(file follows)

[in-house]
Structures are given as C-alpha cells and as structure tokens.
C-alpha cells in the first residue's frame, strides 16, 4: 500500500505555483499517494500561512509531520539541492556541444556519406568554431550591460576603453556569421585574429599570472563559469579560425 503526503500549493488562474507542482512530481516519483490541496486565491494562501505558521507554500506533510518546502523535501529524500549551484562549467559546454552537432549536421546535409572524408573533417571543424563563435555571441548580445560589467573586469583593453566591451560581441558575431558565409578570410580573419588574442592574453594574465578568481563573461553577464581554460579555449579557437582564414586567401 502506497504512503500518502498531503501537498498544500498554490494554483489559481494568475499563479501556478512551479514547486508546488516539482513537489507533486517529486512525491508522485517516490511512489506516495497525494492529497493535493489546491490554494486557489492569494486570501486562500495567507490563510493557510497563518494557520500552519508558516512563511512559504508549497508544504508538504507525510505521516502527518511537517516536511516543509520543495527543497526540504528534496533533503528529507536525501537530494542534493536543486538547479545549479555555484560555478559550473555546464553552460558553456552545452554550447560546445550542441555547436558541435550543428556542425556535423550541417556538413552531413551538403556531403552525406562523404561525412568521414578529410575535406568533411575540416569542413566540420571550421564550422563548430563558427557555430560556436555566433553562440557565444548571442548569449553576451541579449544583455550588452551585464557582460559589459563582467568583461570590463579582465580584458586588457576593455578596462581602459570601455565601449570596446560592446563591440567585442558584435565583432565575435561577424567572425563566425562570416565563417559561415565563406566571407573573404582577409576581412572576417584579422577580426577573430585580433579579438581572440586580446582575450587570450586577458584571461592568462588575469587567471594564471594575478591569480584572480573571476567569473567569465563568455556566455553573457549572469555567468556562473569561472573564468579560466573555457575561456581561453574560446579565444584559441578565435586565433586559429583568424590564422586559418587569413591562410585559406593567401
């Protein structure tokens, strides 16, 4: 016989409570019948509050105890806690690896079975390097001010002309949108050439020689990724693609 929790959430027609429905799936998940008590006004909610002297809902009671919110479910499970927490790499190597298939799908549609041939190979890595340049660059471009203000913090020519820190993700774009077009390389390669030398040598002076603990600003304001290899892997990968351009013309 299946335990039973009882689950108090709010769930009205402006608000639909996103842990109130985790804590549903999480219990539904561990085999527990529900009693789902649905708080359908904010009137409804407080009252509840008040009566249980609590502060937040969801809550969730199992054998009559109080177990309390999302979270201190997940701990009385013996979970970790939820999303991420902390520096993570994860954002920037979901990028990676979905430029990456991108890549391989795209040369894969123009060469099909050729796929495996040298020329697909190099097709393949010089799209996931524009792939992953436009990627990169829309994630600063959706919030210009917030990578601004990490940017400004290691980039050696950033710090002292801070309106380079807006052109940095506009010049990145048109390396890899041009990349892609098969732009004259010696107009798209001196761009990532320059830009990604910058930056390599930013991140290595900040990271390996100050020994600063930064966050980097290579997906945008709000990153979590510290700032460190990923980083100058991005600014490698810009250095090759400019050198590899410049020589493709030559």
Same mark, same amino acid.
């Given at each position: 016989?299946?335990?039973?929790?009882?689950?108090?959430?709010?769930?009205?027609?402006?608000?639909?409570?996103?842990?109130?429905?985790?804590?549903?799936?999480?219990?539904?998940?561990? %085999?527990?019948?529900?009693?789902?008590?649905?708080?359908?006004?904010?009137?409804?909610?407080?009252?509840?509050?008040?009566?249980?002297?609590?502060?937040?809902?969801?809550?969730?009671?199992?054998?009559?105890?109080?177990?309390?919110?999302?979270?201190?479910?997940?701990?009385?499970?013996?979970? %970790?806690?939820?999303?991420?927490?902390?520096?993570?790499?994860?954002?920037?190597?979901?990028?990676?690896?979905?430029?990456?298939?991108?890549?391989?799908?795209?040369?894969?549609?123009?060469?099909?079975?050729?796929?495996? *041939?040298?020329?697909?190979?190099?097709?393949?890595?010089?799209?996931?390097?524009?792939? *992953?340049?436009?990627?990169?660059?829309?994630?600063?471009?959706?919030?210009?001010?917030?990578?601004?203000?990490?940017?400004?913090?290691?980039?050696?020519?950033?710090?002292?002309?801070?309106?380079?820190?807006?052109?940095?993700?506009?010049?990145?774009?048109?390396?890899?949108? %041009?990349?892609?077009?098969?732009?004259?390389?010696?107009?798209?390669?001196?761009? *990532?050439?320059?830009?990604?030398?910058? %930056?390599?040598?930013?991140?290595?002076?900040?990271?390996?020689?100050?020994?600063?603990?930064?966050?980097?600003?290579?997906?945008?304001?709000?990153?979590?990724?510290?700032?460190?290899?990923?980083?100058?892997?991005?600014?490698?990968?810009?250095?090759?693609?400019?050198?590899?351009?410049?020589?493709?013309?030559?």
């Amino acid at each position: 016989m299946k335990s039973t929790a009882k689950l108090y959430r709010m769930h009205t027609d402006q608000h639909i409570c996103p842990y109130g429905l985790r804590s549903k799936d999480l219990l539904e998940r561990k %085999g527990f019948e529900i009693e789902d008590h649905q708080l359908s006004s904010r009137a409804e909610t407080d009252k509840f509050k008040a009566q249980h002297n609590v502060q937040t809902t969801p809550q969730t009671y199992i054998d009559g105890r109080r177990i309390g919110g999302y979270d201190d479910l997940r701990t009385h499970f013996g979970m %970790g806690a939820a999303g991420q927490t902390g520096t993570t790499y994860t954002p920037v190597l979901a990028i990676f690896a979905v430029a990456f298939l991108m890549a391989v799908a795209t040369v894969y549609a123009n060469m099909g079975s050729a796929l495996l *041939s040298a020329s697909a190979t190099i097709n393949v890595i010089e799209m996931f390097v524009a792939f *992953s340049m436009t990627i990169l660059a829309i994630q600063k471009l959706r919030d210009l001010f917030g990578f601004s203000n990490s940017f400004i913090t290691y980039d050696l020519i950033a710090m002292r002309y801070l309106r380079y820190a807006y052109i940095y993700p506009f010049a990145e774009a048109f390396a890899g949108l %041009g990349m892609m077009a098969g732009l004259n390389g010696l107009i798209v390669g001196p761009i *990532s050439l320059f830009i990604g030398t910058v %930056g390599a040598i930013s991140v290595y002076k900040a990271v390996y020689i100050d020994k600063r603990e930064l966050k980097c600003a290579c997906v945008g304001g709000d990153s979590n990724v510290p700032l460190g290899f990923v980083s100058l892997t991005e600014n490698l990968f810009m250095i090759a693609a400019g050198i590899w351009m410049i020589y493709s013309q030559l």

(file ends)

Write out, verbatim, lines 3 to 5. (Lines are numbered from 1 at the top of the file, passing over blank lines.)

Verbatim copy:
C-alpha cells in the first residue's frame, strides 16, 4: 500500500505555483499517494500561512509531520539541492556541444556519406568554431550591460576603453556569421585574429599570472563559469579560425 503526503500549493488562474507542482512530481516519483490541496486565491494562501505558521507554500506533510518546502523535501529524500549551484562549467559546454552537432549536421546535409572524408573533417571543424563563435555571441548580445560589467573586469583593453566591451560581441558575431558565409578570410580573419588574442592574453594574465578568481563573461553577464581554460579555449579557437582564414586567401 502506497504512503500518502498531503501537498498544500498554490494554483489559481494568475499563479501556478512551479514547486508546488516539482513537489507533486517529486512525491508522485517516490511512489506516495497525494492529497493535493489546491490554494486557489492569494486570501486562500495567507490563510493557510497563518494557520500552519508558516512563511512559504508549497508544504508538504507525510505521516502527518511537517516536511516543509520543495527543497526540504528534496533533503528529507536525501537530494542534493536543486538547479545549479555555484560555478559550473555546464553552460558553456552545452554550447560546445550542441555547436558541435550543428556542425556535423550541417556538413552531413551538403556531403552525406562523404561525412568521414578529410575535406568533411575540416569542413566540420571550421564550422563548430563558427557555430560556436555566433553562440557565444548571442548569449553576451541579449544583455550588452551585464557582460559589459563582467568583461570590463579582465580584458586588457576593455578596462581602459570601455565601449570596446560592446563591440567585442558584435565583432565575435561577424567572425563566425562570416565563417559561415565563406566571407573573404582577409576581412572576417584579422577580426577573430585580433579579438581572440586580446582575450587570450586577458584571461592568462588575469587567471594564471594575478591569480584572480573571476567569473567569465563568455556566455553573457549572469555567468556562473569561472573564468579560466573555457575561456581561453574560446579565444584559441578565435586565433586559429583568424590564422586559418587569413591562410585559406593567401
């Protein structure tokens, strides 16, 4: 016989409570019948509050105890806690690896079975390097001010002309949108050439020689990724693609 929790959430027609429905799936998940008590006004909610002297809902009671919110479910499970927490790499190597298939799908549609041939190979890595340049660059471009203000913090020519820190993700774009077009390389390669030398040598002076603990600003304001290899892997990968351009013309 299946335990039973009882689950108090709010769930009205402006608000639909996103842990109130985790804590549903999480219990539904561990085999527990529900009693789902649905708080359908904010009137409804407080009252509840008040009566249980609590502060937040969801809550969730199992054998009559109080177990309390999302979270201190997940701990009385013996979970970790939820999303991420902390520096993570994860954002920037979901990028990676979905430029990456991108890549391989795209040369894969123009060469099909050729796929495996040298020329697909190099097709393949010089799209996931524009792939992953436009990627990169829309994630600063959706919030210009917030990578601004990490940017400004290691980039050696950033710090002292801070309106380079807006052109940095506009010049990145048109390396890899041009990349892609098969732009004259010696107009798209001196761009990532320059830009990604910058930056390599930013991140290595900040990271390996100050020994600063930064966050980097290579997906945008709000990153979590510290700032460190990923980083100058991005600014490698810009250095090759400019050198590899410049020589493709030559």
Same mark, same amino acid.